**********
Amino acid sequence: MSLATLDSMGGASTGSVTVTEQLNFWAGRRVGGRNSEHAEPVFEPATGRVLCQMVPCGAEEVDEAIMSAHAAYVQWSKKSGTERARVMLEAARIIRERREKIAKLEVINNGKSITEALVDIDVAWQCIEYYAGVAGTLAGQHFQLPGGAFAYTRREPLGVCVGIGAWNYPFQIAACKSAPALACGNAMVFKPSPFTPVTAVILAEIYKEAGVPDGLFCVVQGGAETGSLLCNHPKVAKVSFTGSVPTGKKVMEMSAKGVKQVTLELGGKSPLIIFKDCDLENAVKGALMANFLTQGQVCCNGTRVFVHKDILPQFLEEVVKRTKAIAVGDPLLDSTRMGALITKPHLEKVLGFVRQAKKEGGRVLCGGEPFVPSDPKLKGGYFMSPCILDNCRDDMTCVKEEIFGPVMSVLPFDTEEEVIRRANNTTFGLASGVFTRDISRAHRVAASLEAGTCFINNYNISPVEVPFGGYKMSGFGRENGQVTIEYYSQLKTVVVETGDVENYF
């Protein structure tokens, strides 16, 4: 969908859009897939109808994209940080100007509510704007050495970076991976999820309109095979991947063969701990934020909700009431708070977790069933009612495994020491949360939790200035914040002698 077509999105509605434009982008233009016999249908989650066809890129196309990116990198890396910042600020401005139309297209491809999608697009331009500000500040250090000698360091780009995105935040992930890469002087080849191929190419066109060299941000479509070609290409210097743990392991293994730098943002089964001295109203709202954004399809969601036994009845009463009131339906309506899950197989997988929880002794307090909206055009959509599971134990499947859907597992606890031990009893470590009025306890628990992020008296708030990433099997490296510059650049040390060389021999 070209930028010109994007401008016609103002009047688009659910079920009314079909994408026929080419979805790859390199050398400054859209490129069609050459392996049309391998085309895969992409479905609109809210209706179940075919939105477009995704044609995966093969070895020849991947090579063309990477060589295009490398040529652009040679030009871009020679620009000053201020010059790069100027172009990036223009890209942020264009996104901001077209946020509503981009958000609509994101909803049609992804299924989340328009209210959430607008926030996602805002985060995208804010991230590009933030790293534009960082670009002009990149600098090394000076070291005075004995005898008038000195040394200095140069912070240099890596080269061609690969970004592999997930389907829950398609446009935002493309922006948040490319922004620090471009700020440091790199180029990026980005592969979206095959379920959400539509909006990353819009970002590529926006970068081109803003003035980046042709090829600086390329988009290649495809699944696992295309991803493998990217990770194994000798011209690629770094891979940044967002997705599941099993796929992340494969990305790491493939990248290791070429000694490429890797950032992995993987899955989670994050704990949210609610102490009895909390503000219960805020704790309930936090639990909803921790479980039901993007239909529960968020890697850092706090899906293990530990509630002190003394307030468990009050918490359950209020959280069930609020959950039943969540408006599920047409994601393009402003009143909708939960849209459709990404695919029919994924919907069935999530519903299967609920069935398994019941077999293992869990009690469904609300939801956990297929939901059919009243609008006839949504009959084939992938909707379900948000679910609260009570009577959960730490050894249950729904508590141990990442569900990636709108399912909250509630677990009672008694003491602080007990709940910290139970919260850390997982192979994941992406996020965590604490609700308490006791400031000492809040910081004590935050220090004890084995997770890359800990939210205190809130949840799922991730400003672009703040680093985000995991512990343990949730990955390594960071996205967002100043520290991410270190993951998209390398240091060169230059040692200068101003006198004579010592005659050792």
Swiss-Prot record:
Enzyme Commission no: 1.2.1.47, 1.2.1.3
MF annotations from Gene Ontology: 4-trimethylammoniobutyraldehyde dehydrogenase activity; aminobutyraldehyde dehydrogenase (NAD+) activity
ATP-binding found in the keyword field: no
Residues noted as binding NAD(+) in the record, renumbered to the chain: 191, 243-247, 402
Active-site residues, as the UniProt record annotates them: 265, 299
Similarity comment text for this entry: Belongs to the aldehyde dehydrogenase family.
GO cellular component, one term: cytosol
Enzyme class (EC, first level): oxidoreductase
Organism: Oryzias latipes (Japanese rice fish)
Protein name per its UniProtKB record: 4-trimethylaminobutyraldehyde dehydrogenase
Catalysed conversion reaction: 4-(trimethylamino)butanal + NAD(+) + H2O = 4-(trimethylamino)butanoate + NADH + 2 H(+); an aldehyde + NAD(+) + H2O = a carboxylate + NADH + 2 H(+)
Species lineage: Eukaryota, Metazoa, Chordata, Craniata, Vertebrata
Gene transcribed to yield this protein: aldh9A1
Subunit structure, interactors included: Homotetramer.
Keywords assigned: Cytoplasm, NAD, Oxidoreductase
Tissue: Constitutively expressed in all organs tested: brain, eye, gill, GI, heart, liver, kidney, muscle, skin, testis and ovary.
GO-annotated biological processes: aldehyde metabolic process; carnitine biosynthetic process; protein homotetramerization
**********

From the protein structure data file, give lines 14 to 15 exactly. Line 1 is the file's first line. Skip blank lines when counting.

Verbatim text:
Catalysed conversion reaction: 4-(trimethylamino)butanal + NAD(+) + H2O = 4-(trimethylamino)butanoate + NADH + 2 H(+); an aldehyde + NAD(+) + H2O = a carboxylate + NADH + 2 H(+)
Species lineage: Eukaryota, Metazoa, Chordata, Craniata, Vertebrata